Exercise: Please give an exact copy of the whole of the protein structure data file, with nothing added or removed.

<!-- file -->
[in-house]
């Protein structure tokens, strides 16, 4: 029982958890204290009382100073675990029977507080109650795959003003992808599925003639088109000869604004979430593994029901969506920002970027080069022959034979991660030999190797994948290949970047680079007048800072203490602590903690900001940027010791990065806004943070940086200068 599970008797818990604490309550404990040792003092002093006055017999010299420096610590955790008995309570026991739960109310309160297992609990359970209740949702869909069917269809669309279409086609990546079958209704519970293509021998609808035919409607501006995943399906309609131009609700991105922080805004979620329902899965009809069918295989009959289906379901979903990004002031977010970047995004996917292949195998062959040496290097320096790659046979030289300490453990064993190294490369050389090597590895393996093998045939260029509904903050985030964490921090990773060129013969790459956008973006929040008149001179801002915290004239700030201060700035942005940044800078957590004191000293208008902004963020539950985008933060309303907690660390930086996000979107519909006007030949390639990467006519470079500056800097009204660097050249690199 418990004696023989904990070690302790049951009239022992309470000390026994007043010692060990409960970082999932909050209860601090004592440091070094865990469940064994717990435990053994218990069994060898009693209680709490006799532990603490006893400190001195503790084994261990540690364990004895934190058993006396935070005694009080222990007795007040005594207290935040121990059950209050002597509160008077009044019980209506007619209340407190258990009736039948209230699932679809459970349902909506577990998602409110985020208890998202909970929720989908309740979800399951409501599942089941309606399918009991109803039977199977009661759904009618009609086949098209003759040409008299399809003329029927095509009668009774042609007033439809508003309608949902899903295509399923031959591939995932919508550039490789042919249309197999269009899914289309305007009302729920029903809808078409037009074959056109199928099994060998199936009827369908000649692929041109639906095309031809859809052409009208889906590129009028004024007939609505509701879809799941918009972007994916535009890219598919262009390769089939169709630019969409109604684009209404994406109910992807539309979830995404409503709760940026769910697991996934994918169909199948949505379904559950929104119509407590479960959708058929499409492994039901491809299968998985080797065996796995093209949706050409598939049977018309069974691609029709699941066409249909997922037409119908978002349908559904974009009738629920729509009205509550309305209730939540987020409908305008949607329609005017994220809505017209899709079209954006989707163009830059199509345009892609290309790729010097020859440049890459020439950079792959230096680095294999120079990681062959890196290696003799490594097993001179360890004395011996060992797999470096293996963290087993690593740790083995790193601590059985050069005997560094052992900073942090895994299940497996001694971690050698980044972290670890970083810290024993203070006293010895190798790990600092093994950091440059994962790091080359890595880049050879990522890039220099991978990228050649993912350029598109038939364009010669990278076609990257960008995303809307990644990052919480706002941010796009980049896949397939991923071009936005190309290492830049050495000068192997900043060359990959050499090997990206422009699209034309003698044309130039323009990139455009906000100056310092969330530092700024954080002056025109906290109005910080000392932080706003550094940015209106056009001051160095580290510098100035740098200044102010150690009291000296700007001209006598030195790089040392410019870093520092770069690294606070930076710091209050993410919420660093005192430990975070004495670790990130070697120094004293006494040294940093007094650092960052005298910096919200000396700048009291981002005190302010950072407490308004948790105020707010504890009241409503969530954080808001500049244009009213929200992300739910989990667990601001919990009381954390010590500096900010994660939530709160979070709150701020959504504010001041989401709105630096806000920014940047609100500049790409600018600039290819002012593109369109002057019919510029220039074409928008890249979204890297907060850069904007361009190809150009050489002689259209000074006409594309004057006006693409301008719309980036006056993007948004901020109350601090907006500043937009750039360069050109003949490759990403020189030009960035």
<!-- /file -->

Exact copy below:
[in-house]
């Protein structure tokens, strides 16, 4: 029982958890204290009382100073675990029977507080109650795959003003992808599925003639088109000869604004979430593994029901969506920002970027080069022959034979991660030999190797994948290949970047680079007048800072203490602590903690900001940027010791990065806004943070940086200068 599970008797818990604490309550404990040792003092002093006055017999010299420096610590955790008995309570026991739960109310309160297992609990359970209740949702869909069917269809669309279409086609990546079958209704519970293509021998609808035919409607501006995943399906309609131009609700991105922080805004979620329902899965009809069918295989009959289906379901979903990004002031977010970047995004996917292949195998062959040496290097320096790659046979030289300490453990064993190294490369050389090597590895393996093998045939260029509904903050985030964490921090990773060129013969790459956008973006929040008149001179801002915290004239700030201060700035942005940044800078957590004191000293208008902004963020539950985008933060309303907690660390930086996000979107519909006007030949390639990467006519470079500056800097009204660097050249690199 418990004696023989904990070690302790049951009239022992309470000390026994007043010692060990409960970082999932909050209860601090004592440091070094865990469940064994717990435990053994218990069994060898009693209680709490006799532990603490006893400190001195503790084994261990540690364990004895934190058993006396935070005694009080222990007795007040005594207290935040121990059950209050002597509160008077009044019980209506007619209340407190258990009736039948209230699932679809459970349902909506577990998602409110985020208890998202909970929720989908309740979800399951409501599942089941309606399918009991109803039977199977009661759904009618009609086949098209003759040409008299399809003329029927095509009668009774042609007033439809508003309608949902899903295509399923031959591939995932919508550039490789042919249309197999269009899914289309305007009302729920029903809808078409037009074959056109199928099994060998199936009827369908000649692929041109639906095309031809859809052409009208889906590129009028004024007939609505509701879809799941918009972007994916535009890219598919262009390769089939169709630019969409109604684009209404994406109910992807539309979830995404409503709760940026769910697991996934994918169909199948949505379904559950929104119509407590479960959708058929499409492994039901491809299968998985080797065996796995093209949706050409598939049977018309069974691609029709699941066409249909997922037409119908978002349908559904974009009738629920729509009205509550309305209730939540987020409908305008949607329609005017994220809505017209899709079209954006989707163009830059199509345009892609290309790729010097020859440049890459020439950079792959230096680095294999120079990681062959890196290696003799490594097993001179360890004395011996060992797999470096293996963290087993690593740790083995790193601590059985050069005997560094052992900073942090895994299940497996001694971690050698980044972290670890970083810290024993203070006293010895190798790990600092093994950091440059994962790091080359890595880049050879990522890039220099991978990228050649993912350029598109038939364009010669990278076609990257960008995303809307990644990052919480706002941010796009980049896949397939991923071009936005190309290492830049050495000068192997900043060359990959050499090997990206422009699209034309003698044309130039323009990139455009906000100056310092969330530092700024954080002056025109906290109005910080000392932080706003550094940015209106056009001051160095580290510098100035740098200044102010150690009291000296700007001209006598030195790089040392410019870093520092770069690294606070930076710091209050993410919420660093005192430990975070004495670790990130070697120094004293006494040294940093007094650092960052005298910096919200000396700048009291981002005190302010950072407490308004948790105020707010504890009241409503969530954080808001500049244009009213929200992300739910989990667990601001919990009381954390010590500096900010994660939530709160979070709150701020959504504010001041989401709105630096806000920014940047609100500049790409600018600039290819002012593109369109002057019919510029220039074409928008890249979204890297907060850069904007361009190809150009050489002689259209000074006409594309004057006006693409301008719309980036006056993007948004901020109350601090907006500043937009750039360069050109003949490759990403020189030009960035």